4K extras include audio commentary by Gilliam; deleted scenes; and a video essay showcasing Bridges’ on-set photographs.
FLASHDANCE (1983). It’s impossible to overstate the popularity and influence of Flashdance back in 1983. This sleeper smash not only became the third highest-grossing film of its year (only Return of the Jedi and the Best Picture Oscar winner Terms of Endearment earned more), but its slick visuals backed by pulsating music — in other words, its music-video aesthetics — basically helped establish the MTV template. The film also featured a #1 soundtrack that nabbed nine Grammy nominations (including Album of the Year) and won three, and star Jennifer Beals’ sexy, off-the-shoulder sweatshirt look became one of the movie year’s defining images. That’s quite an impressive list of achievements for a film best described as, well, dopey. Beals stars as Alex Owens, a beautiful 18-year-old welder who’s the only female employed at a Pittsburgh steel mill yet is treated respectfully (i.e. no catcalls or pinched buttocks) by all of her middle-aged coworkers. (Yes, it’s a world as fantastical as the Pandora seen in Avatar.) By night, Alex shucks the working-class duds and performs sexy dance routines at the local dive — she eventually catches the eye of her hunky boss (Michael Nouri), who sees no problem in dating one of his employees. Often laughable in its dialogue and plot situations (the script was co-written by Showgirls’ Joe Eszterhas), it’s nevertheless easy to understand why it hit a sweet spot: The graphics are groovy, the music is catchy, and Beals is enormously appealing. Nominated for four Academy Awards, including Best Original Song (the #1 hit “Maniac”), Best Cinematography, and Best Film Editing, this won Best Original Song for its other chart-topping tune, “Flashdance… What a Feeling.”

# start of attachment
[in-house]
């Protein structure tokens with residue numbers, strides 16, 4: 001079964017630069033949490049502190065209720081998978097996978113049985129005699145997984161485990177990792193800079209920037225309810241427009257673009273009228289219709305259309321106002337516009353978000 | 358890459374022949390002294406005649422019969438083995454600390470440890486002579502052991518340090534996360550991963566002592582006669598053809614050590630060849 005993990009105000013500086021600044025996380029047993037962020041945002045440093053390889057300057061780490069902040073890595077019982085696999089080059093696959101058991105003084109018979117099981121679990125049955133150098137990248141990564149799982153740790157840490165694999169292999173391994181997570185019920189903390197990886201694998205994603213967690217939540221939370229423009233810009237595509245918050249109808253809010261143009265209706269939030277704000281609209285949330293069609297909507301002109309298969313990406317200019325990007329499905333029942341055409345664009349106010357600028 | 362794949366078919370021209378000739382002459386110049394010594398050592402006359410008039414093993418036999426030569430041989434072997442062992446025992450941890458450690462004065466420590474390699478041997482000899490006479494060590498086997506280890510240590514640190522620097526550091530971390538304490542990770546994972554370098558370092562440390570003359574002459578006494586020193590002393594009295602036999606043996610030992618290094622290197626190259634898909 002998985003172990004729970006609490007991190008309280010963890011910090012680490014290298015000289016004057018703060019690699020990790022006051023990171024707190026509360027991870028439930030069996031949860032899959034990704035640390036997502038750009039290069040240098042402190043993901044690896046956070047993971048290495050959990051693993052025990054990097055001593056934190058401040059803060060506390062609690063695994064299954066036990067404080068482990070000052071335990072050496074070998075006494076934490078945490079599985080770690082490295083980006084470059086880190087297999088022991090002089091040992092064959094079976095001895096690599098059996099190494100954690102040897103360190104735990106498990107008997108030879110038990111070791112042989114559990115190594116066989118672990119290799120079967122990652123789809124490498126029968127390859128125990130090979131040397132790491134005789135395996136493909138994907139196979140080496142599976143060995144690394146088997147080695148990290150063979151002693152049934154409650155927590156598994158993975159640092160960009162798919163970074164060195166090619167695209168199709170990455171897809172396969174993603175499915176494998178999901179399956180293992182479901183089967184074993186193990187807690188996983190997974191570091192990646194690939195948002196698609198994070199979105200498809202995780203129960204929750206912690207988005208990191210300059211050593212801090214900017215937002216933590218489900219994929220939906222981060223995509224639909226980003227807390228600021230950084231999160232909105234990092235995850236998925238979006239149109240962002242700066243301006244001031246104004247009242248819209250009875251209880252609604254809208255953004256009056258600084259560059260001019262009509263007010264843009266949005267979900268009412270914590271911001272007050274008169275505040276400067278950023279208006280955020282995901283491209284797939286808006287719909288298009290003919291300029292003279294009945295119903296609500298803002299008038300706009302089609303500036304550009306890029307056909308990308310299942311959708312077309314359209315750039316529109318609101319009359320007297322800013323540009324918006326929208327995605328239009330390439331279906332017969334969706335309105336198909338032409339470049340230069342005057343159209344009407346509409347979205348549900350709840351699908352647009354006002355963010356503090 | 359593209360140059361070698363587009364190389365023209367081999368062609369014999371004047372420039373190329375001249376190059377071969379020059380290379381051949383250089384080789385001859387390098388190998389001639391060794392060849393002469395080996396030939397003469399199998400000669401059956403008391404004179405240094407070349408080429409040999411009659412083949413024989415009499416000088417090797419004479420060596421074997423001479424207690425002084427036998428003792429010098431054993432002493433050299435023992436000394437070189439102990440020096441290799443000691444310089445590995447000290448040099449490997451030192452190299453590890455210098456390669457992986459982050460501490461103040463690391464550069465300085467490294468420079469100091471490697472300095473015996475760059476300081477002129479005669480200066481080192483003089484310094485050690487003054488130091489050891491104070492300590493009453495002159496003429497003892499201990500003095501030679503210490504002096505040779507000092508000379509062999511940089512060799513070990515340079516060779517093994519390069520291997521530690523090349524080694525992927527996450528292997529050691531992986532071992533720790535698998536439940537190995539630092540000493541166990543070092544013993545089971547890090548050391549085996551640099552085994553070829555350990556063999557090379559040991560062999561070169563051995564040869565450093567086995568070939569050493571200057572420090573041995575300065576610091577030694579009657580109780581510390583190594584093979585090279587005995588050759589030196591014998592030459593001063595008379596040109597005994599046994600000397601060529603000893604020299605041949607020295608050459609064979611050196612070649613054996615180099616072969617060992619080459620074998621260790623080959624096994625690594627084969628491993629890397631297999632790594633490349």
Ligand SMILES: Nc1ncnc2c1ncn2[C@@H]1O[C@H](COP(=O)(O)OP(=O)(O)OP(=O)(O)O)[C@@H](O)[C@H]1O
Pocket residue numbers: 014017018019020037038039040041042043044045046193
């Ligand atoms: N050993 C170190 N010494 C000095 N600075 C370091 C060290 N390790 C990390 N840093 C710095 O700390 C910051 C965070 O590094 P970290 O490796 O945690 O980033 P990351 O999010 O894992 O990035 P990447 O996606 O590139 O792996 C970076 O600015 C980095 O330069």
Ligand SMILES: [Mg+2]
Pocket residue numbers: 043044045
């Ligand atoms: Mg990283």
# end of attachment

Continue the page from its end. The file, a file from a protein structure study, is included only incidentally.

Extras in the 4K + Blu-ray + Digital Code edition include an interview with director Adrian Lyne and a look at the film’s massive success.